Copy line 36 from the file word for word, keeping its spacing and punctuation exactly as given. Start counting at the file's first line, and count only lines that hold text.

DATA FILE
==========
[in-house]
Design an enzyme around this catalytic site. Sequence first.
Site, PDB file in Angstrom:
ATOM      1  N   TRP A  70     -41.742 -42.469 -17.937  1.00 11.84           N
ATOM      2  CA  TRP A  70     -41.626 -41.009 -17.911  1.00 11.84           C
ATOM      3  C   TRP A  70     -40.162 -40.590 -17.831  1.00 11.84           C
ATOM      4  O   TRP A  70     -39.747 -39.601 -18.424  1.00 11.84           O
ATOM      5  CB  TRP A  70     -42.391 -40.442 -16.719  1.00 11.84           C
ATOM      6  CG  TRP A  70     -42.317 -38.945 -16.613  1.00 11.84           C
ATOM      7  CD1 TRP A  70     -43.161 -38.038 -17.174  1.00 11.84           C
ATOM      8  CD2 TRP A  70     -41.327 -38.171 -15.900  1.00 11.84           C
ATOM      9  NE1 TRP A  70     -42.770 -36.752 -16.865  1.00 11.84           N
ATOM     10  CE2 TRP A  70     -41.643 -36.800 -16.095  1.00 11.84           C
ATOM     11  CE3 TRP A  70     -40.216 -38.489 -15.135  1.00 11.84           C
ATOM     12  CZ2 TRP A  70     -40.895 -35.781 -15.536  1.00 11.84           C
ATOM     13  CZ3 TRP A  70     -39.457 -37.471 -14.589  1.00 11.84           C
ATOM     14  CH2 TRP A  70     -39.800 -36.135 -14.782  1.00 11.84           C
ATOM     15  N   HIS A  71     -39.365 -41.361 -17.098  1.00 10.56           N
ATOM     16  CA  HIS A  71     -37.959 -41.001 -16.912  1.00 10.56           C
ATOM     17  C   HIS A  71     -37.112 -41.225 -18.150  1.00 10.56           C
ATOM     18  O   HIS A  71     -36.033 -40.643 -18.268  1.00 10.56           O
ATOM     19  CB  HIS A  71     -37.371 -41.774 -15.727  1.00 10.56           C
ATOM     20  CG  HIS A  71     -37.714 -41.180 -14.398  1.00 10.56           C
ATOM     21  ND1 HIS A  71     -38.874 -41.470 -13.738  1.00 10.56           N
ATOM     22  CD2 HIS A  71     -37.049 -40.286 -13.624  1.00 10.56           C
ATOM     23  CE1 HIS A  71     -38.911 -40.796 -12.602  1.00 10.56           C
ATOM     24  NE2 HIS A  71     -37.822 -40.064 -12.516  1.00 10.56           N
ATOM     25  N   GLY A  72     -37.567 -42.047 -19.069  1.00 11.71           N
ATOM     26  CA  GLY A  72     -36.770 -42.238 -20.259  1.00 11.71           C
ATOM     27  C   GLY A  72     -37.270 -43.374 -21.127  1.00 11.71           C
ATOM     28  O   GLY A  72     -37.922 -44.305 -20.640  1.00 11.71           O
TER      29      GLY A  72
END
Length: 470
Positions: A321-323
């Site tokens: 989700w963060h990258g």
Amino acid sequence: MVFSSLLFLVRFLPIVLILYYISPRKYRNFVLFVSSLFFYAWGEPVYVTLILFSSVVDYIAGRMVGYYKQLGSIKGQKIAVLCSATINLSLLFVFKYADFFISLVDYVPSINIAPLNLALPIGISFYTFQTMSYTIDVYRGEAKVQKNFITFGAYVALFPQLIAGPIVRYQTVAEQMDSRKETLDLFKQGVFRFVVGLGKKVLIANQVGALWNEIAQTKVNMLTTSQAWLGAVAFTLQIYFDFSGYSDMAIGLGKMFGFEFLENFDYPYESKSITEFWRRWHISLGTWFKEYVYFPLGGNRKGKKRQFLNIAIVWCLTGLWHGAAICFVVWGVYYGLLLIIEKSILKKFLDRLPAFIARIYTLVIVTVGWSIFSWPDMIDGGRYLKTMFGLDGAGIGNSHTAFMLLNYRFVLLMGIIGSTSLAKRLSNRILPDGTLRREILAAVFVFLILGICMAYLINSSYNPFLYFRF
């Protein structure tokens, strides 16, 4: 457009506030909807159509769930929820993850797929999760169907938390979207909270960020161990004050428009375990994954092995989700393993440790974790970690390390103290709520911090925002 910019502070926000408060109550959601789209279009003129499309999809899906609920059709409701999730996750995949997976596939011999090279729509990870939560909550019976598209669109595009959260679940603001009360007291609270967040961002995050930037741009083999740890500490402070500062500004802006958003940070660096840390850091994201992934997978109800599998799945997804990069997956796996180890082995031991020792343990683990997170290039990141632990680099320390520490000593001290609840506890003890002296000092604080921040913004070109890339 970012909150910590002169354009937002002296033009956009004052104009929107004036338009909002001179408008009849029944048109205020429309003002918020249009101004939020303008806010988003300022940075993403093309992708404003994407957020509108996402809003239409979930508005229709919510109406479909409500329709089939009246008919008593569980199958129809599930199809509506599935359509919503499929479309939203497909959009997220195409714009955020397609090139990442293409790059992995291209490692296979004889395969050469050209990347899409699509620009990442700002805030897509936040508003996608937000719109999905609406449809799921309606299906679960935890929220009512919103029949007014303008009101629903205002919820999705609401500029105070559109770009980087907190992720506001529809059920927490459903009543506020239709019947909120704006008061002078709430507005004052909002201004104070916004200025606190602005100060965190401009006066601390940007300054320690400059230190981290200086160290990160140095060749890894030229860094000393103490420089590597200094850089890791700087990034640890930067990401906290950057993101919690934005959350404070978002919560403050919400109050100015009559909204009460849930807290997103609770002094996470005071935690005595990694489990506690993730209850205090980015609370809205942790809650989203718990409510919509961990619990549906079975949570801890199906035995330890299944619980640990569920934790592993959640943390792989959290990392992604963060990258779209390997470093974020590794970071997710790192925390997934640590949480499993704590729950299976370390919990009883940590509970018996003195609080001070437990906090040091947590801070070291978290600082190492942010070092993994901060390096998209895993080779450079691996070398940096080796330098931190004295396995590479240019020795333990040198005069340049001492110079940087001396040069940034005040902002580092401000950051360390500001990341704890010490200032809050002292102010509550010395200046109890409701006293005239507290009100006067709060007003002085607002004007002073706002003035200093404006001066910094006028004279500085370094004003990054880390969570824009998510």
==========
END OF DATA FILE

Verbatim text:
């Site tokens: 989700w963060h990258g």